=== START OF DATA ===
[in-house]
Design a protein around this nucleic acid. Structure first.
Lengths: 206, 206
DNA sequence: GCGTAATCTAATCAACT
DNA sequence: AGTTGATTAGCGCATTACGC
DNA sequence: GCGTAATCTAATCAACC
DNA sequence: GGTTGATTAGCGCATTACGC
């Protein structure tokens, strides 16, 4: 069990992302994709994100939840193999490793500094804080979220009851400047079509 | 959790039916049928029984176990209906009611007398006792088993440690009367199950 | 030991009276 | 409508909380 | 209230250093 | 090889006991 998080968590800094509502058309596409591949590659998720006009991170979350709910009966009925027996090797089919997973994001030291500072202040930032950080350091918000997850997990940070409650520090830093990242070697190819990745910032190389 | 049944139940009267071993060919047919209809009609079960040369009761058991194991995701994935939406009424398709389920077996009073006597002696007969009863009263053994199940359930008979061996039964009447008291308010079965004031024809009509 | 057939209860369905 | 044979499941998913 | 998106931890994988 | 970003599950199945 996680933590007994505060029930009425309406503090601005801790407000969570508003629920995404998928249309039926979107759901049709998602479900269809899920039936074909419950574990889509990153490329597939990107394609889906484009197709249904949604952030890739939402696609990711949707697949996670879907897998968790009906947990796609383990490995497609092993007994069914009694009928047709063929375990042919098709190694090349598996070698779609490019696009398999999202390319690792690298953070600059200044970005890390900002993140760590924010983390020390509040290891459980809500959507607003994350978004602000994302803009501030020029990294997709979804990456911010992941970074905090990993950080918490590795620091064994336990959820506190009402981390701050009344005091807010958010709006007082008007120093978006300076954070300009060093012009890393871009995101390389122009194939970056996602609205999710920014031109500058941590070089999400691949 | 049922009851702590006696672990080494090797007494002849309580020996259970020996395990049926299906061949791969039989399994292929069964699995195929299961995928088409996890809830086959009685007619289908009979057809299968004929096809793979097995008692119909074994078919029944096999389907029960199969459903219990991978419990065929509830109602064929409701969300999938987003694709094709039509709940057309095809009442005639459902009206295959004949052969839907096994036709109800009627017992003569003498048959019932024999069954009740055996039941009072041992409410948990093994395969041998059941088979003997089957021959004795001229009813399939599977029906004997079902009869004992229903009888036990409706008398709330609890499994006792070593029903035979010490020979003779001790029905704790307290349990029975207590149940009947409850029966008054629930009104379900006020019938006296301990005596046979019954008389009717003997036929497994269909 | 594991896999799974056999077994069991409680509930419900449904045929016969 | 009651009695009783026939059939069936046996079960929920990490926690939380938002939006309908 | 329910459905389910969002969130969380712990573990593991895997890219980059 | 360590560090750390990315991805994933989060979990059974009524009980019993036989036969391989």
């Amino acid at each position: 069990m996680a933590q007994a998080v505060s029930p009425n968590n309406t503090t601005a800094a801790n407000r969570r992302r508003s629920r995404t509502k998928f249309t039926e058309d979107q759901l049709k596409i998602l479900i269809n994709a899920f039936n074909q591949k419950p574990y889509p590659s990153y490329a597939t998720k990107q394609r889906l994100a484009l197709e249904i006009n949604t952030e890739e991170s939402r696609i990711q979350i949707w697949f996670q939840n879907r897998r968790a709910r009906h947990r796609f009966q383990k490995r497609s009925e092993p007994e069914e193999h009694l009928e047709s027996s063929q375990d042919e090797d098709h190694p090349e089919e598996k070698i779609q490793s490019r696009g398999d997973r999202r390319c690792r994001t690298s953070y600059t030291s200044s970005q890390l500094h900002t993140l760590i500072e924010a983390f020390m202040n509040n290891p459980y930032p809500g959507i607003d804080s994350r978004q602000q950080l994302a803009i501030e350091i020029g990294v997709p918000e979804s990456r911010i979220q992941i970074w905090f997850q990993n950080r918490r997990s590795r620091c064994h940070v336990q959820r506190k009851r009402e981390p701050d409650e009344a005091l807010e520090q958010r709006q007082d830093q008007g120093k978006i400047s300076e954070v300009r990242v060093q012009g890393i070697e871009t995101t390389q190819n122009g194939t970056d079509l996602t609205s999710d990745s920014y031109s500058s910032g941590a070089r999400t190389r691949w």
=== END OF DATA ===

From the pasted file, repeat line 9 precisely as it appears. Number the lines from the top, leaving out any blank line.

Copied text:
């Amino acid at each position: 069990m996680a933590q007994a998080v505060s029930p009425n968590n309406t503090t601005a800094a801790n407000r969570r992302r508003s629920r995404t509502k998928f249309t039926e058309d979107q759901l049709k596409i998602l479900i269809n994709a899920f039936n074909q591949k419950p574990y889509p590659s990153y490329a597939t998720k990107q394609r889906l994100a484009l197709e249904i006009n949604t952030e890739e991170s939402r696609i990711q979350i949707w697949f996670q939840n879907r897998r968790a709910r009906h947990r796609f009966q383990k490995r497609s009925e092993p007994e069914e193999h009694l009928e047709s027996s063929q375990d042919e090797d098709h190694p090349e089919e598996k070698i779609q490793s490019r696009g398999d997973r999202r390319c690792r994001t690298s953070y600059t030291s200044s970005q890390l500094h900002t993140l760590i500072e924010a983390f020390m202040n509040n290891p459980y930032p809500g959507i607003d804080s994350r978004q602000q950080l994302a803009i501030e350091i020029g990294v997709p918000e979804s990456r911010i979220q992941i970074w905090f997850q990993n950080r918490r997990s590795r620091c064994h940070v336990q959820r506190k009851r009402e981390p701050d409650e009344a005091l807010e520090q958010r709006q007082d830093q008007g120093k978006i400047s300076e954070v300009r990242v060093q012009g890393i070697e871009t995101t390389q190819n122009g194939t970056d079509l996602t609205s999710d990745s920014y031109s500058s910032g941590a070089r999400t190389r691949w």